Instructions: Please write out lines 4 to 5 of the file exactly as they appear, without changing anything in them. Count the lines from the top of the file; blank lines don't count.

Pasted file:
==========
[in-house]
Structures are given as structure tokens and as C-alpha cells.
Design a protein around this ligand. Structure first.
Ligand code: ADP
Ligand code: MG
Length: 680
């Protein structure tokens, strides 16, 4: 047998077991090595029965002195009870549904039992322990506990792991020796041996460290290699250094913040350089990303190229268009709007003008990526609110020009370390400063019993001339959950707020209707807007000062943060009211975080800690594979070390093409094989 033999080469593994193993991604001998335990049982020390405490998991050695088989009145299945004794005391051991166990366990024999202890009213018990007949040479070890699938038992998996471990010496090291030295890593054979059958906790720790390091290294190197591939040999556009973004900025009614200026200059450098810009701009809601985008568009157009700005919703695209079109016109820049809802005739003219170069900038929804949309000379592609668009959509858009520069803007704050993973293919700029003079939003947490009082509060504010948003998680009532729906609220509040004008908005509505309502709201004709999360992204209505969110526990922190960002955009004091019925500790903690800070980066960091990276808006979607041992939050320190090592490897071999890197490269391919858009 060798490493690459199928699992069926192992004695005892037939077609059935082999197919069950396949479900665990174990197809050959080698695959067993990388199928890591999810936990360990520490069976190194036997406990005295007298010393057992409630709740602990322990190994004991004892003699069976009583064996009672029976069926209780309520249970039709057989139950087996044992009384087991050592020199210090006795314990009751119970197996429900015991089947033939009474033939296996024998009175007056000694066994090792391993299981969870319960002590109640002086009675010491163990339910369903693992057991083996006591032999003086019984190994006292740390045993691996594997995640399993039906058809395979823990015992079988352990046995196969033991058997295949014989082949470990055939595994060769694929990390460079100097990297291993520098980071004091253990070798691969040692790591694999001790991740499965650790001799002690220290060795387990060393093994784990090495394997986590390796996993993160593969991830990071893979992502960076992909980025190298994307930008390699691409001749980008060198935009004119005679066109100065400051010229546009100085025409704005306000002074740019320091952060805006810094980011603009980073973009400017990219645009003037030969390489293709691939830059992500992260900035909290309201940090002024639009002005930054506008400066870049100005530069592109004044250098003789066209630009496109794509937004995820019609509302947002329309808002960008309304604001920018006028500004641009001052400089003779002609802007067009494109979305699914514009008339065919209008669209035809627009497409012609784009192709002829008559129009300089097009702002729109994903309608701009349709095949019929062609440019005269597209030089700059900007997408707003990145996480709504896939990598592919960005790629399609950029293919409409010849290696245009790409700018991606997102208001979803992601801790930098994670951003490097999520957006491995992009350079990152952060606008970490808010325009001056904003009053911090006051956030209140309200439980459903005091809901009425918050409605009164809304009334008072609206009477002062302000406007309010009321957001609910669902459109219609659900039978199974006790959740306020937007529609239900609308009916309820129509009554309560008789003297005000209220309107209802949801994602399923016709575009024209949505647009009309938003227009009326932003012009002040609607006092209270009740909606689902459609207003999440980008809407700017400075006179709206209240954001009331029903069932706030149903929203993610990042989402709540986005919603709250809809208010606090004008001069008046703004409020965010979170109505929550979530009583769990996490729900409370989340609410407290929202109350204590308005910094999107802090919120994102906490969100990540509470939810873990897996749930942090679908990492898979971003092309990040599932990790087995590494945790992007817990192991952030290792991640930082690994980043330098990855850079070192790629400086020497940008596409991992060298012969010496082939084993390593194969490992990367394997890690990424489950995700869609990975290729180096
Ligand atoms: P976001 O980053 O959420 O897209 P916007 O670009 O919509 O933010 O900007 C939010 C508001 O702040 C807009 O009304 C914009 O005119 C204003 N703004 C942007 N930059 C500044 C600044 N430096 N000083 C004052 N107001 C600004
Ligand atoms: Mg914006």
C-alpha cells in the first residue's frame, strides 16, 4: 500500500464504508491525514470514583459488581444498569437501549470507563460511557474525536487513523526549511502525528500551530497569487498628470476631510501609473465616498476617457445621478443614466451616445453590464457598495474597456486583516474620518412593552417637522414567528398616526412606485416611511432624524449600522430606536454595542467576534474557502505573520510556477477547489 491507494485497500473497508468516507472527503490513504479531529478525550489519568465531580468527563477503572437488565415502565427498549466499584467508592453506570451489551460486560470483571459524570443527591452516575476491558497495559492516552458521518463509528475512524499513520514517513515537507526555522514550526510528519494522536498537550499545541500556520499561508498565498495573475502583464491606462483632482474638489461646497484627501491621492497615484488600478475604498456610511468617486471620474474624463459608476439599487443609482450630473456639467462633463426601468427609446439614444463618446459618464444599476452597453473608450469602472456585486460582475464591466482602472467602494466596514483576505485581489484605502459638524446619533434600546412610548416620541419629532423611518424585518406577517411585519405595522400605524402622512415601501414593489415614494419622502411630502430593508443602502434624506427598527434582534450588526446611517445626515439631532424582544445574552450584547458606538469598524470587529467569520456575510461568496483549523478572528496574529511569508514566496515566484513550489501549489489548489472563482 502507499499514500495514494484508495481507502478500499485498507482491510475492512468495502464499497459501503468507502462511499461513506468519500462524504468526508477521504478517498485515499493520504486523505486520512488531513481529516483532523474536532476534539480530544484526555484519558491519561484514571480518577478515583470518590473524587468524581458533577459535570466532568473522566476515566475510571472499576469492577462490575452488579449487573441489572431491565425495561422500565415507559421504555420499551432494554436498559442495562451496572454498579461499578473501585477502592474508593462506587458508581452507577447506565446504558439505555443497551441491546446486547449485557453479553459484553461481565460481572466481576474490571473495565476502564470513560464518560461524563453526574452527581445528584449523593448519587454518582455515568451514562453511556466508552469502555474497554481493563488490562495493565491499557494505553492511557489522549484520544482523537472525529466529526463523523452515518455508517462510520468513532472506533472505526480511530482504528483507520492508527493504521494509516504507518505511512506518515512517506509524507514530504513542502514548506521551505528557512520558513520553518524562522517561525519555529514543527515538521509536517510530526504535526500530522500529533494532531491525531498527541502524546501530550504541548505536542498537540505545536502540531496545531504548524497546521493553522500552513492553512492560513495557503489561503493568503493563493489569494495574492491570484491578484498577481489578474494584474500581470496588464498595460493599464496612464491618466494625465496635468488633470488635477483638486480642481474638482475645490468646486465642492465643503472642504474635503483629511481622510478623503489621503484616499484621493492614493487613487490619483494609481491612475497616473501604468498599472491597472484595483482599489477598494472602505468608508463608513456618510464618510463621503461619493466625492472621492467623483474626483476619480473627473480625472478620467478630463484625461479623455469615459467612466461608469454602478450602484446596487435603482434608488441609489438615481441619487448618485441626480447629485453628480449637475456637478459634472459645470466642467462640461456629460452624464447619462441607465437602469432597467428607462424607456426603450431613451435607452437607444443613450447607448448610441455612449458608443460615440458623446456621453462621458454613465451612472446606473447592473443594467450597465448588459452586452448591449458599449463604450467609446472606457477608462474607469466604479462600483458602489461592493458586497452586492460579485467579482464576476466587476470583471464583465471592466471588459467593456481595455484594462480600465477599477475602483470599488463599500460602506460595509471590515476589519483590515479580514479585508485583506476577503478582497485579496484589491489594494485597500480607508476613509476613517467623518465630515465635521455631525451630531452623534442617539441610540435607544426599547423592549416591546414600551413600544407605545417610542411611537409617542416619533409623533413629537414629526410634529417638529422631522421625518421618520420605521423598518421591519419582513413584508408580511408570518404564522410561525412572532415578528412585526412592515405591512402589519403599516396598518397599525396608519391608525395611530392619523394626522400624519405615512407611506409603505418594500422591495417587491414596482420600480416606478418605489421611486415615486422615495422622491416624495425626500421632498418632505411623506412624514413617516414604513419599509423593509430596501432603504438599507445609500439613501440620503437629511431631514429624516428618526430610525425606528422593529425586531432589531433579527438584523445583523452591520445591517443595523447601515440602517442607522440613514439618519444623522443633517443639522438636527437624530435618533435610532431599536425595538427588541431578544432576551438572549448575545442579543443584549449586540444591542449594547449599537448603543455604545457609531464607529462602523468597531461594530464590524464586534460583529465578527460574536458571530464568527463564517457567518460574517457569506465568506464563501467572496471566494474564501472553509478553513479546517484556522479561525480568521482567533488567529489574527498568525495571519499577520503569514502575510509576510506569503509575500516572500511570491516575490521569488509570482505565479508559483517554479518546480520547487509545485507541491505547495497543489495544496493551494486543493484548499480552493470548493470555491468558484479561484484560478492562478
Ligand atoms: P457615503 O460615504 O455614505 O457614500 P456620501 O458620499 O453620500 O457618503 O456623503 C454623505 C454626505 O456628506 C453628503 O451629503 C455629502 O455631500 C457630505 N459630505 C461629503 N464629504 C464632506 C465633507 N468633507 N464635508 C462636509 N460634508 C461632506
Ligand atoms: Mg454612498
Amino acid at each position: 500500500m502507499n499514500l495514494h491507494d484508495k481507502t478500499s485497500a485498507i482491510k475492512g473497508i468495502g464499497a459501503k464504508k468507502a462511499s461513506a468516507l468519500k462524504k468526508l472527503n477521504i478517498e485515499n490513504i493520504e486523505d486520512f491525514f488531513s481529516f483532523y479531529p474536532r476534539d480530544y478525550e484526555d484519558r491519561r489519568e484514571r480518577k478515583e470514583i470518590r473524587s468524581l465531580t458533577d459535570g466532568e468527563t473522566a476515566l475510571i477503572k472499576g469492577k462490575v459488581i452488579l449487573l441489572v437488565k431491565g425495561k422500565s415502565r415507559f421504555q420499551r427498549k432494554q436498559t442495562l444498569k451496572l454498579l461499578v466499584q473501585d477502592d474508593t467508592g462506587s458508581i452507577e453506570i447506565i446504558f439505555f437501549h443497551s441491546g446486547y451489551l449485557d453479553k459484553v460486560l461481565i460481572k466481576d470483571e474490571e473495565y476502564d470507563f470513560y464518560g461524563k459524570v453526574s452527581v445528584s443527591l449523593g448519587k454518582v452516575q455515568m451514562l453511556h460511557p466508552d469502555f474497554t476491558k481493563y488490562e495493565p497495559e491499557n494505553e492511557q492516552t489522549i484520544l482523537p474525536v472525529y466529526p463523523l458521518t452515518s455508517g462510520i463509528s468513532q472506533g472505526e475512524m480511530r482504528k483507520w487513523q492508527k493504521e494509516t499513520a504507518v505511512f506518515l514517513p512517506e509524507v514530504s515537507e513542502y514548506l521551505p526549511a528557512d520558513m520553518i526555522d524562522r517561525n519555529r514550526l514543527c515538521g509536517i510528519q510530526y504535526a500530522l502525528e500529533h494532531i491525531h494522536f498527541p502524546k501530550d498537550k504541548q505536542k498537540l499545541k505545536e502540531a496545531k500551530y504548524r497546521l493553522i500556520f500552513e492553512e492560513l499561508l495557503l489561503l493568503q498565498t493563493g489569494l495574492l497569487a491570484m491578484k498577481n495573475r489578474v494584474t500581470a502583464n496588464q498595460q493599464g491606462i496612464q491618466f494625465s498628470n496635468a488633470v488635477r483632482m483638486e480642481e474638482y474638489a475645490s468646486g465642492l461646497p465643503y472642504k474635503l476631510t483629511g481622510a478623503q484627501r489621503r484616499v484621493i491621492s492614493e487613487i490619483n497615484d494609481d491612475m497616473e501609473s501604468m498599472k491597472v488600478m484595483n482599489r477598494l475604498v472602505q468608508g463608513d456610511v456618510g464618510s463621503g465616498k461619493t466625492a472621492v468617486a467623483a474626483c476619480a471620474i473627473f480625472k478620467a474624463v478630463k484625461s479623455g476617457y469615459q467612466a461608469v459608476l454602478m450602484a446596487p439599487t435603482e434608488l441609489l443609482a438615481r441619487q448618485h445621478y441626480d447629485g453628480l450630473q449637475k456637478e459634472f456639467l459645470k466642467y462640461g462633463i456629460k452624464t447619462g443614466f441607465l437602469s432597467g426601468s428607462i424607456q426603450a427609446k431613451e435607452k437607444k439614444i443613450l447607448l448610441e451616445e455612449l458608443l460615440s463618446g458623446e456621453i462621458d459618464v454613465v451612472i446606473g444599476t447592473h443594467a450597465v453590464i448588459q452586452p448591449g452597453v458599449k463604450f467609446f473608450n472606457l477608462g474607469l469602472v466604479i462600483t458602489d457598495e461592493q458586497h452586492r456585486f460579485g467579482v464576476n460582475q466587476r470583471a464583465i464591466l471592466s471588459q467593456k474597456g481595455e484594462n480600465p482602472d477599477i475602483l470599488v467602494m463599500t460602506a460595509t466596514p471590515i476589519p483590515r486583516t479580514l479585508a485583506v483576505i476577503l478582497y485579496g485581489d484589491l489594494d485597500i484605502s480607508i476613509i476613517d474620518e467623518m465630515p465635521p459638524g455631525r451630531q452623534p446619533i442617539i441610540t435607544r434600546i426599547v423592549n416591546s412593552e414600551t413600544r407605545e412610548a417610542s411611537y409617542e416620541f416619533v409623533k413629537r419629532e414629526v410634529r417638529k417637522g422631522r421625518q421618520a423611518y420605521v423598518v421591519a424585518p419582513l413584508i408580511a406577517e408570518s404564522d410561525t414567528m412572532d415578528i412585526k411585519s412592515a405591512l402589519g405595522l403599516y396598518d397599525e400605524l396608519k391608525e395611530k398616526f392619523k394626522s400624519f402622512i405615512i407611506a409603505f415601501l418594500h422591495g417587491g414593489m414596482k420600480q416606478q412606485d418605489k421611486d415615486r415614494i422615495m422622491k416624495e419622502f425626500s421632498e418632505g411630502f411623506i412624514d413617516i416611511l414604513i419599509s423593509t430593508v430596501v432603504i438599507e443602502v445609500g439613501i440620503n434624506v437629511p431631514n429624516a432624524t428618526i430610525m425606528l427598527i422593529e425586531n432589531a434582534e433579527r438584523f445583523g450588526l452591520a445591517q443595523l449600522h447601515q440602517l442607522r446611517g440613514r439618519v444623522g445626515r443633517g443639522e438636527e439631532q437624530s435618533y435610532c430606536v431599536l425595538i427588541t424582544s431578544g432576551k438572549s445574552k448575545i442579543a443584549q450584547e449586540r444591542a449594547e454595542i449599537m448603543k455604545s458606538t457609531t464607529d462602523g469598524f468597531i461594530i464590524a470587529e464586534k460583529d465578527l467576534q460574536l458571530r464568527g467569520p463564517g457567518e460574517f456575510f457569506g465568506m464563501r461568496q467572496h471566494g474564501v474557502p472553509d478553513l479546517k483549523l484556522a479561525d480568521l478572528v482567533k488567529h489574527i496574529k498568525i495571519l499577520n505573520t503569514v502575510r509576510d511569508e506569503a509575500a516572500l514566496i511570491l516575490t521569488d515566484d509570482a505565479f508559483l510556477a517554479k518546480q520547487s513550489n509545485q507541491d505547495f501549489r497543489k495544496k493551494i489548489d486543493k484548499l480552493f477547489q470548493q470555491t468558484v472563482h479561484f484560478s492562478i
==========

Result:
Ligand code: ADP
Ligand code: MG